Man's First Word

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Man's First Word is a children's book illustrated by Carl Chaiet and written by Lynn Kearcher which was published in 2007. The reader follows Telford, a renowned lexicographer, and Earnest, his talking bird-butler, as they travel through the Atlas Mountains of Morocco in search of the origin of language.

Plot summary[edit]

The story begins with Telford receiving a phone call from Billiam Pinch-Penny, an anthropologist at the local museum, regarding the discovery of a tablet of stone with Hieroglyphic carvings. It is unique in the fact that the people depicted have open mouths and appear to be attempting to speak. The tablet is a slab of Iguanastone, found only in the Atlas Mountains. Earnest notes that a piece has broken off, and Telford, Earnest and Billiam pack their bags for Morocco.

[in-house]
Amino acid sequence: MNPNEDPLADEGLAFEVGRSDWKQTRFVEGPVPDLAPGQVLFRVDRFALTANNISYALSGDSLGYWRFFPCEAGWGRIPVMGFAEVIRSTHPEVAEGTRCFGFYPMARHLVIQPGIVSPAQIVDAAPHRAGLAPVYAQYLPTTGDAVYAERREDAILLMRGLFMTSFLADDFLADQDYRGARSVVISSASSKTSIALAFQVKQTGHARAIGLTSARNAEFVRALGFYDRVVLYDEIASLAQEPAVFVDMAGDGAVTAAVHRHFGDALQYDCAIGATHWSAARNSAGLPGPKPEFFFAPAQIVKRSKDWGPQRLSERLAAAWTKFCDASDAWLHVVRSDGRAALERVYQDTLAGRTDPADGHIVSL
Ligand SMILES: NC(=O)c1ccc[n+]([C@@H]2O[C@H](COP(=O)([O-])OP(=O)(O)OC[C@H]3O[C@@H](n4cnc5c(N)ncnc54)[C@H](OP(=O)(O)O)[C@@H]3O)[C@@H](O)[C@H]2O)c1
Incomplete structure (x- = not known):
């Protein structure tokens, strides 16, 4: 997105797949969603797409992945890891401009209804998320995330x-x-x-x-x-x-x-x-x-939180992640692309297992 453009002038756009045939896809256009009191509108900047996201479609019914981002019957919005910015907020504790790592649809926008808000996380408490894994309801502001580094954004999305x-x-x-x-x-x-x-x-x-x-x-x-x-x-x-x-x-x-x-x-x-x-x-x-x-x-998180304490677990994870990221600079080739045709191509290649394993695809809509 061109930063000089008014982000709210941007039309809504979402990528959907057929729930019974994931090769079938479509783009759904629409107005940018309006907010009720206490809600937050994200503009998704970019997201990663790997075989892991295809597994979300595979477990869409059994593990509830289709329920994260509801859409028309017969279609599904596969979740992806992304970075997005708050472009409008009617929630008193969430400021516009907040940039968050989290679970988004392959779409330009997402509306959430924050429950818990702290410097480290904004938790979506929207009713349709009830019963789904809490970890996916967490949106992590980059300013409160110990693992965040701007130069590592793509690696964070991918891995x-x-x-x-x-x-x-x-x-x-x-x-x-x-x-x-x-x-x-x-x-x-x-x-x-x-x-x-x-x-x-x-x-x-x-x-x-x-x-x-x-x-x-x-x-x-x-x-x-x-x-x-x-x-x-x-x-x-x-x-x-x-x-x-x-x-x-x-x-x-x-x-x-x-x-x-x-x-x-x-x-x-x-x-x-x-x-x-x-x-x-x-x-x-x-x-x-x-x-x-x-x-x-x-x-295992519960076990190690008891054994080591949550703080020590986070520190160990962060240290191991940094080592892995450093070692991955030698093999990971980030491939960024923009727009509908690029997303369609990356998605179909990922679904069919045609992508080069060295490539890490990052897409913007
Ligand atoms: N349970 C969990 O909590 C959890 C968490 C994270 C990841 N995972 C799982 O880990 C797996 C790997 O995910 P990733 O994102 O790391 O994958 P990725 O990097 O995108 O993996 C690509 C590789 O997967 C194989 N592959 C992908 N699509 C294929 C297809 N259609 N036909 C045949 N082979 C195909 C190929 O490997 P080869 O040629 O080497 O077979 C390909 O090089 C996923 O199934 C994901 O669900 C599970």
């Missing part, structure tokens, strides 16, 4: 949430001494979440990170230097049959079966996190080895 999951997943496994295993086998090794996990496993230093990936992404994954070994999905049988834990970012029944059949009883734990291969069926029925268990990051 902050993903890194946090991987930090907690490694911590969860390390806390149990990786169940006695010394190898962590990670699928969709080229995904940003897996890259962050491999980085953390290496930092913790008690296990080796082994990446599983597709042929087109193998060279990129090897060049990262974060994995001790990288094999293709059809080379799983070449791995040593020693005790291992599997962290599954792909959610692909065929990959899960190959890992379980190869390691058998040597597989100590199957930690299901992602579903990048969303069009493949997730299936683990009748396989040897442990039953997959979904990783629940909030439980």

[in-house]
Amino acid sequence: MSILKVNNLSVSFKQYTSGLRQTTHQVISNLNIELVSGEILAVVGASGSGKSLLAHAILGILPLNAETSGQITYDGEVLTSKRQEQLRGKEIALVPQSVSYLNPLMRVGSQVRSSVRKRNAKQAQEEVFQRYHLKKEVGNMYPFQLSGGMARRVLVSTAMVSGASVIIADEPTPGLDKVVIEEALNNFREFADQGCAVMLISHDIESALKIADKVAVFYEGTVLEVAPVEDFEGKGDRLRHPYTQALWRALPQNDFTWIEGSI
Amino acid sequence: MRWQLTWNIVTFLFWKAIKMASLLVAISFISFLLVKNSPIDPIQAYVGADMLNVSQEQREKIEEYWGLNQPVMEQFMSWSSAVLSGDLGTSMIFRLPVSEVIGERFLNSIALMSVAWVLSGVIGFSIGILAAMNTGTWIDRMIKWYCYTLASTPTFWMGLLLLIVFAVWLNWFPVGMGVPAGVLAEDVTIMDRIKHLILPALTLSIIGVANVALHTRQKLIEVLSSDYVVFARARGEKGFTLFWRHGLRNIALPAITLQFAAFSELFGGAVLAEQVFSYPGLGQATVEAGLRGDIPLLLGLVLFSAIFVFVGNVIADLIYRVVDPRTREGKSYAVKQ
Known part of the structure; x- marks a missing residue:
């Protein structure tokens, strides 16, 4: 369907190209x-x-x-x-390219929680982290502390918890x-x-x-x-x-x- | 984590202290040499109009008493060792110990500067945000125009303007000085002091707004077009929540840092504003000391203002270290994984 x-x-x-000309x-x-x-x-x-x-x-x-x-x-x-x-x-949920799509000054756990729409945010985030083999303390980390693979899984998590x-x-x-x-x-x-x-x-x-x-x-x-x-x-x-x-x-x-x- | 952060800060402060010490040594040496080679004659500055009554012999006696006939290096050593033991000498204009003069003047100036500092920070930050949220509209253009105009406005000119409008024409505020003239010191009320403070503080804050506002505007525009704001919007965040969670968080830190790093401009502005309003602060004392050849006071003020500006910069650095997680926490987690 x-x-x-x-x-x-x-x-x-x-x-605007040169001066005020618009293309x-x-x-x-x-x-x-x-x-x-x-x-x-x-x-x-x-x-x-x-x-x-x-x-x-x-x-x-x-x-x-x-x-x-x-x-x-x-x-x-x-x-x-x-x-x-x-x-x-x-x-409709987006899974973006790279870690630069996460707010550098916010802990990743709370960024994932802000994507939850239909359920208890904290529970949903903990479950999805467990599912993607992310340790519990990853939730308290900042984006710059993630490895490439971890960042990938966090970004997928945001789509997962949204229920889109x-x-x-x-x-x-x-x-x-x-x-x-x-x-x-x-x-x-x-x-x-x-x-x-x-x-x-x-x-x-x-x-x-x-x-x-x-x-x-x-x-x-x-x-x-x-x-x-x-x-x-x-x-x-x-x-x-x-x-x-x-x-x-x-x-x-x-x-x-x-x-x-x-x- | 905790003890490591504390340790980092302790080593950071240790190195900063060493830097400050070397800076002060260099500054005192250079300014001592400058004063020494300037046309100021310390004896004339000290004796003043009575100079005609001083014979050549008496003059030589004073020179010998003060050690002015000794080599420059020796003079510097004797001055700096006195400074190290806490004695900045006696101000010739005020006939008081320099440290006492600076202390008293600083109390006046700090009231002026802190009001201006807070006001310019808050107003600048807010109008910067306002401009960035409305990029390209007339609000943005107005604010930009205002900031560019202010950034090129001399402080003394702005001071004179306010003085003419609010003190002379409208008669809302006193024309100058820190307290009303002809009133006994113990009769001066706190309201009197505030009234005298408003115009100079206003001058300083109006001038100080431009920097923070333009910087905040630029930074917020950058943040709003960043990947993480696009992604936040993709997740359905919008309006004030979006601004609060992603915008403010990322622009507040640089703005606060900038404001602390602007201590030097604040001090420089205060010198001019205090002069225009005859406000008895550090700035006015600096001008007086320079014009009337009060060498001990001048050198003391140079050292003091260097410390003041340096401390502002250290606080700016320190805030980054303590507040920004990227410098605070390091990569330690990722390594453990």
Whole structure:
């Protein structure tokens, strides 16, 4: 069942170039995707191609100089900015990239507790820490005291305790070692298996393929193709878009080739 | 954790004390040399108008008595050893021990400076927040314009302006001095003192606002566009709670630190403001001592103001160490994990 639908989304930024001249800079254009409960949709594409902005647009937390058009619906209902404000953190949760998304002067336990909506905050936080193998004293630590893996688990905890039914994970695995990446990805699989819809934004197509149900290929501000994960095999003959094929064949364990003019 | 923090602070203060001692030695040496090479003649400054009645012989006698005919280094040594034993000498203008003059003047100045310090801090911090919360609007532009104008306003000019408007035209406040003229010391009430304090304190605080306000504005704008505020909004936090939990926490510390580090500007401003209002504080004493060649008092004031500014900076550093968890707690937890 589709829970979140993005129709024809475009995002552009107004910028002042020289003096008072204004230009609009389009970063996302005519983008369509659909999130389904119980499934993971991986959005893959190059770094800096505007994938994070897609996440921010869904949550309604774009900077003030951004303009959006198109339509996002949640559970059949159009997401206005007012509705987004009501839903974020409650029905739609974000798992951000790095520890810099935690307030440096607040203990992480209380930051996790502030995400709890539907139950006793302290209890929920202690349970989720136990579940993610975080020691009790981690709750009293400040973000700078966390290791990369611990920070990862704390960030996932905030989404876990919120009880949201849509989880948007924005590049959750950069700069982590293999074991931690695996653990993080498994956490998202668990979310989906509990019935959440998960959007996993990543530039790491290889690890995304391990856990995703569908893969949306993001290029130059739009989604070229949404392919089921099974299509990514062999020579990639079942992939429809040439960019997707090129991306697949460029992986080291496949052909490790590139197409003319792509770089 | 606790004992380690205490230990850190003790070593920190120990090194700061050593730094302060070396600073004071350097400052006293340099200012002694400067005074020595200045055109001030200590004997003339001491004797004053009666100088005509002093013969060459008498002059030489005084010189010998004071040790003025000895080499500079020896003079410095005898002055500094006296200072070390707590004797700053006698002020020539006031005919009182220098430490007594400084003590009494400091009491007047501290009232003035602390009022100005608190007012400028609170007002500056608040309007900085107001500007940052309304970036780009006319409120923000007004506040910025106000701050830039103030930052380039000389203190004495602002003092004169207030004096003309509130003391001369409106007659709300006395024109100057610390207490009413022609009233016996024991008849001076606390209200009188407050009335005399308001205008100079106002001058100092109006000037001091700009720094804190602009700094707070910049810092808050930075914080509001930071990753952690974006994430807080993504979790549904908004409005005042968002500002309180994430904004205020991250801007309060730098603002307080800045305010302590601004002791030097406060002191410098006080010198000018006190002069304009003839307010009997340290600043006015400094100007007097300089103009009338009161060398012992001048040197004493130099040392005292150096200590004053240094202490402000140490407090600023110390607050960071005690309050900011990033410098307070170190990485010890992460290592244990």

After a trip which leads them through London, France, and Spain, the trio eventually find themselves in Tangiers, where a local basketweaver suggests that they look for the broken piece in a small village in the foothills of the Atlas Mountains called Yackama. There, Earnest literally trips over what they are looking for, and they arrive at an answer to their question.

Trivia[edit]

  • The name of the authors' son, Max, can be found hidden in every illustration in the book.
  • Many of the descriptions and illustrations of the exotic locales are derived from the writer's experience hitchhiking from London to Tangiers.

See also[edit]

External links[edit]